In 1892 an unexpected event would enhance the prominence and popularity of the church-it became the shrine of Saint Anne. A Canadian priest, Father J.C. Marquis, unexpectedly arrived at the church on May 1, 1892 needing a place to stay. He carried a relic (piece of bone) of Saint Anne, which Pope Leo XIII had personally obtained from the Abbot of Saint Paul in Rome. Monsignor Marquis was bringing the relic to Quebec. The pastor at Saint Jean asked Marquis to expose this sacred treasure to the parishioners during the vespers that evening. He agreed. The news that the relic was to be exposed spread rapidly and a large crowd filled the church that evening. When the relic touched a man having an epileptic fit, his convulsions ceased. Miraculous or not, the apparent miracle was widely reported and even more showed up, with many expecting cures of their ailments. The church asked Marquis to continue the exposition of the relic; against his will but reluctant to disappoint the hopes of the pilgrims, he agreed to extend his stay in New York. Estimates of the number of people visiting Saint Jean’s during May 1892 was 200,000-300,000, some from as far as New England and Mid-Atlantic States. Despite the popularity of the relic, Marquis left for Canada on May 20. Marquis, impressed by the devotion of the crowds, he returned in July. More crowds came, more miracles were reported and Marquis reported favorably on this to the pope. As a result, he was able to make a return trip to the shrine of St. Anne in France, and brought a relic back specifically for Saint Jean Baptiste.
Blessed Sacrament Comes to New York
Eliza Lummis, a wealthy Catholic activist brought the Congregation of the Blessed Sacrament, an international religious order of priests, brothers, and deacons founded by St. Peter Julian Eymard in Paris in 1856, to New York in 1900. Eymard’s mission was to encircle the globe with a network of Eucharistic centers or shrines. Blessed Sacrament priests were unable to find a center for their work, but often attended Mass and resided at the St. Jean Baptiste rectory. One day, the pastor joked to the Blessed Sacrament priests that if they could not find a church, he would just have to give them his. That remark got back to Archbishop Corrigan, who informed Saint Jean Baptiste's pastor the next day that he would take over Saint Jean’s, putting the church under the Congregation of the Blessed Sacrament's control.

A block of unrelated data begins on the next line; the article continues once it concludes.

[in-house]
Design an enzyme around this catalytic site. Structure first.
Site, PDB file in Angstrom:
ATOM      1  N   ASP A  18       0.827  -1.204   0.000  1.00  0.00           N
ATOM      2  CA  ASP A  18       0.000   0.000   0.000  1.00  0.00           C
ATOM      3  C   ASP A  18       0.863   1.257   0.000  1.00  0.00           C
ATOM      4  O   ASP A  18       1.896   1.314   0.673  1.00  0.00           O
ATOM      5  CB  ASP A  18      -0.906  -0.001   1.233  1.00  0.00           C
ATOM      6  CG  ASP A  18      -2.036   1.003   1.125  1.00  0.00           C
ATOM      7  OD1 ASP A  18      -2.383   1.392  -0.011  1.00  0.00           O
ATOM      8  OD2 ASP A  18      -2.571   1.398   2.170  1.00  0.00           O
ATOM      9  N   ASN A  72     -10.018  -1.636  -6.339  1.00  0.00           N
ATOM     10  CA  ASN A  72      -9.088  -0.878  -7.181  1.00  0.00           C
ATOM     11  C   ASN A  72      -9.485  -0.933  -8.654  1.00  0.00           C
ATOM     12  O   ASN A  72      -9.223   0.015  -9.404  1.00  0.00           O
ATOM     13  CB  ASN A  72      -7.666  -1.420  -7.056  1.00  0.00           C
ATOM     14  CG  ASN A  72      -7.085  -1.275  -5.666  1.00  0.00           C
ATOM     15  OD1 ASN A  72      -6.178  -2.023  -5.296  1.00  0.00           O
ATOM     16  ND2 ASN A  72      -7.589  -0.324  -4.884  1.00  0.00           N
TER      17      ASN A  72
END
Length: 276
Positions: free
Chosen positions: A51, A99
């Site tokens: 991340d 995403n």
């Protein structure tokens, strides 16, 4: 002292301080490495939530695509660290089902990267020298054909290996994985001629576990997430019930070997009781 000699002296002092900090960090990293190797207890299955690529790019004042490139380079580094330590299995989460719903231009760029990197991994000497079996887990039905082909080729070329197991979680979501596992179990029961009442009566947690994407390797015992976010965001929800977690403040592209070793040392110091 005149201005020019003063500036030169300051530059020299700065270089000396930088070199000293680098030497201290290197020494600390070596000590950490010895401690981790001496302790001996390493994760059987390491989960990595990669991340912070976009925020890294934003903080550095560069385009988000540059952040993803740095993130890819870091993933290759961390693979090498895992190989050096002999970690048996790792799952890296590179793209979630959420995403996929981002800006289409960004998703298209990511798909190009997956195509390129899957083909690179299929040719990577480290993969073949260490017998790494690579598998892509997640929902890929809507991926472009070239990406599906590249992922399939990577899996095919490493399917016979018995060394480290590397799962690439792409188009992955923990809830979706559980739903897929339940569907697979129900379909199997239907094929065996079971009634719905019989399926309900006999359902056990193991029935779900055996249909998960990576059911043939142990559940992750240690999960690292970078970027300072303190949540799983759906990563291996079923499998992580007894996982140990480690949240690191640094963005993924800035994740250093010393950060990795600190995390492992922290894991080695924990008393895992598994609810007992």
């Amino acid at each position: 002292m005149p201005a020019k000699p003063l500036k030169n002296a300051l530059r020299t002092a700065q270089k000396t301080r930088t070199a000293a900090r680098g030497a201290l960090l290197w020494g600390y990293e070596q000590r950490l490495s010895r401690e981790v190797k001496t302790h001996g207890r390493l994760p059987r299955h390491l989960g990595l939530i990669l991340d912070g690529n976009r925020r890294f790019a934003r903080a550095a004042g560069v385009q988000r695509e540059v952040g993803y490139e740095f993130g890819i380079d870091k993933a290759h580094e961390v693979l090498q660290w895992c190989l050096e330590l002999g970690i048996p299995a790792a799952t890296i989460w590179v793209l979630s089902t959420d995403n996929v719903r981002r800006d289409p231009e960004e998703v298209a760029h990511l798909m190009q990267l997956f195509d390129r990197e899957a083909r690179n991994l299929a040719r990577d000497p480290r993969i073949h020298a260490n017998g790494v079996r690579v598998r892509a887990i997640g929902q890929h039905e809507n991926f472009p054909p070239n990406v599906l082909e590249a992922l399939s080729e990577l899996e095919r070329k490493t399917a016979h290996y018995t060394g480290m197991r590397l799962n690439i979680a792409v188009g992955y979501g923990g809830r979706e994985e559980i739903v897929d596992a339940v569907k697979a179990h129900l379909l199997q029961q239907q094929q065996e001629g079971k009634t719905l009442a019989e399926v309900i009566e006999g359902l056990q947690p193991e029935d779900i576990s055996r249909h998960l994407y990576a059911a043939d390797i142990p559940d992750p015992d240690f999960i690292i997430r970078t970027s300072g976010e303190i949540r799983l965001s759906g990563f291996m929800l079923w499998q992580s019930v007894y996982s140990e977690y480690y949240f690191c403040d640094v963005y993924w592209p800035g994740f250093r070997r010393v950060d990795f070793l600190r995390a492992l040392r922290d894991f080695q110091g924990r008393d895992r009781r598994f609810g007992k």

New Saint Jean’s Building
Prominent financier Thomas Ryan was a frequent visitor to Saint Jean’s. as he preferred the more humble church to the more imposing structures near his 5th Avenue home. He attended mass frequently; he was late one day and had to remain standing during the Mass in the overcrowded church. During the Mass, the priest asked the prayers for the erection of a new church. After Mass, Ryan approached the priest and asked how much would it cost to build a new church. The answer was at least $300,000; Ryan immediately agreed to finance the project.
The site of the new church is the current location at East 76th and Lexington Avenue. Ryan took an active interest in the construction of the church, eventually contributing $600,000. Nicolas Serracino designed the church and won first prize in the International Exhibit at Turin Italy in 1911. It was designed in the Italian Renaissance classical revival style, with twin towers of 150 feet rising above the façade and a central dome soaring 175 feet above the floor level of the church. The blessing of the cornerstone ceremony took place in April 1912 as 9,000 people looked on. The opening of the lower church took place in February 1913. The upper church was dedicated in January 1914.
Saint Jean’s Today
Currently, Saint Jean’s has many ministries and programs. The congregation is a member of the Yorkville Common Pantry and the Neighborhood Coalition for Shelter. Saint Jean Baptiste High School for girls celebrated its 80th anniversary in 2009. The church runs the school in conjunction with the sisters of the Congregation de Notre Dame. Students come from throughout the city’s five boroughs. The church has a music ministry and two choirs led by its organist.